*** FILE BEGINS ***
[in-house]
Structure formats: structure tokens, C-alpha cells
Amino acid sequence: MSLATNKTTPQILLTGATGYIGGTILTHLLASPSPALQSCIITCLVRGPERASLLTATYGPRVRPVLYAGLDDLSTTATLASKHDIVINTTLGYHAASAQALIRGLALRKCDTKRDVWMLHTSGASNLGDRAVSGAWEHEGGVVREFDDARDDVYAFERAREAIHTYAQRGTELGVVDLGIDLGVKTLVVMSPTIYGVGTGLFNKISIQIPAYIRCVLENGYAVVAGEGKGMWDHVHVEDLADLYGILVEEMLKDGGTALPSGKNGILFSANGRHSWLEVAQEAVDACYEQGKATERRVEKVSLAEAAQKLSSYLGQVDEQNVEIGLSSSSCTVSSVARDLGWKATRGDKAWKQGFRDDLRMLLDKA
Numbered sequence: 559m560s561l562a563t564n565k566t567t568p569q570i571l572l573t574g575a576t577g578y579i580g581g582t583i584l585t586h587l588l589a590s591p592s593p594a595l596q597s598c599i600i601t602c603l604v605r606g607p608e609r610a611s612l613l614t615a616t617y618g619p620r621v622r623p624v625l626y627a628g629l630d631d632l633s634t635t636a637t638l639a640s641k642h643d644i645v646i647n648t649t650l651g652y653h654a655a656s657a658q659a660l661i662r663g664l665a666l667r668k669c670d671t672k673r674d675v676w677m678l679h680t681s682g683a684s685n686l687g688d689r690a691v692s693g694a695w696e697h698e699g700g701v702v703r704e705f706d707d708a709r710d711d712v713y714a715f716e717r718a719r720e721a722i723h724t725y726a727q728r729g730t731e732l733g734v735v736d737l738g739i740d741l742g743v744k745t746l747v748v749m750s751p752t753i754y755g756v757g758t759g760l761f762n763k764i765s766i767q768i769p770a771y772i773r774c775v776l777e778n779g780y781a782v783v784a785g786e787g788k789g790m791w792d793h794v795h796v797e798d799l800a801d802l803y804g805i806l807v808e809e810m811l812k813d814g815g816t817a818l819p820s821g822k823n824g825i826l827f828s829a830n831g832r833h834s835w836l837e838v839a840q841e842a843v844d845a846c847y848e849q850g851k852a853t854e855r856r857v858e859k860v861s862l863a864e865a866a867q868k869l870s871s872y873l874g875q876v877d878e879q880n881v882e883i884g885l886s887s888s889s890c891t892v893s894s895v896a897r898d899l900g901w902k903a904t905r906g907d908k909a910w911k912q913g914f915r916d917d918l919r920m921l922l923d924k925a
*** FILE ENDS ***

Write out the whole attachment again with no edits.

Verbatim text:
[in-house]
Structure formats: structure tokens, C-alpha cells
Amino acid sequence: MSLATNKTTPQILLTGATGYIGGTILTHLLASPSPALQSCIITCLVRGPERASLLTATYGPRVRPVLYAGLDDLSTTATLASKHDIVINTTLGYHAASAQALIRGLALRKCDTKRDVWMLHTSGASNLGDRAVSGAWEHEGGVVREFDDARDDVYAFERAREAIHTYAQRGTELGVVDLGIDLGVKTLVVMSPTIYGVGTGLFNKISIQIPAYIRCVLENGYAVVAGEGKGMWDHVHVEDLADLYGILVEEMLKDGGTALPSGKNGILFSANGRHSWLEVAQEAVDACYEQGKATERRVEKVSLAEAAQKLSSYLGQVDEQNVEIGLSSSSCTVSSVARDLGWKATRGDKAWKQGFRDDLRMLLDKA
Numbered sequence: 559m560s561l562a563t564n565k566t567t568p569q570i571l572l573t574g575a576t577g578y579i580g581g582t583i584l585t586h587l588l589a590s591p592s593p594a595l596q597s598c599i600i601t602c603l604v605r606g607p608e609r610a611s612l613l614t615a616t617y618g619p620r621v622r623p624v625l626y627a628g629l630d631d632l633s634t635t636a637t638l639a640s641k642h643d644i645v646i647n648t649t650l651g652y653h654a655a656s657a658q659a660l661i662r663g664l665a666l667r668k669c670d671t672k673r674d675v676w677m678l679h680t681s682g683a684s685n686l687g688d689r690a691v692s693g694a695w696e697h698e699g700g701v702v703r704e705f706d707d708a709r710d711d712v713y714a715f716e717r718a719r720e721a722i723h724t725y726a727q728r729g730t731e732l733g734v735v736d737l738g739i740d741l742g743v744k745t746l747v748v749m750s751p752t753i754y755g756v757g758t759g760l761f762n763k764i765s766i767q768i769p770a771y772i773r774c775v776l777e778n779g780y781a782v783v784a785g786e787g788k789g790m791w792d793h794v795h796v797e798d799l800a801d802l803y804g805i806l807v808e809e810m811l812k813d814g815g816t817a818l819p820s821g822k823n824g825i826l827f828s829a830n831g832r833h834s835w836l837e838v839a840q841e842a843v844d845a846c847y848e849q850g851k852a853t854e855r856r857v858e859k860v861s862l863a864e865a866a867q868k869l870s871s872y873l874g875q876v877d878e879q880n881v882e883i884g885l886s887s888s889s890c891t892v893s894s895v896a897r898d899l900g901w902k903a904t905r906g907d908k909a910w911k912q913g914f915r916d917d918l919r920m921l922l923d924k925a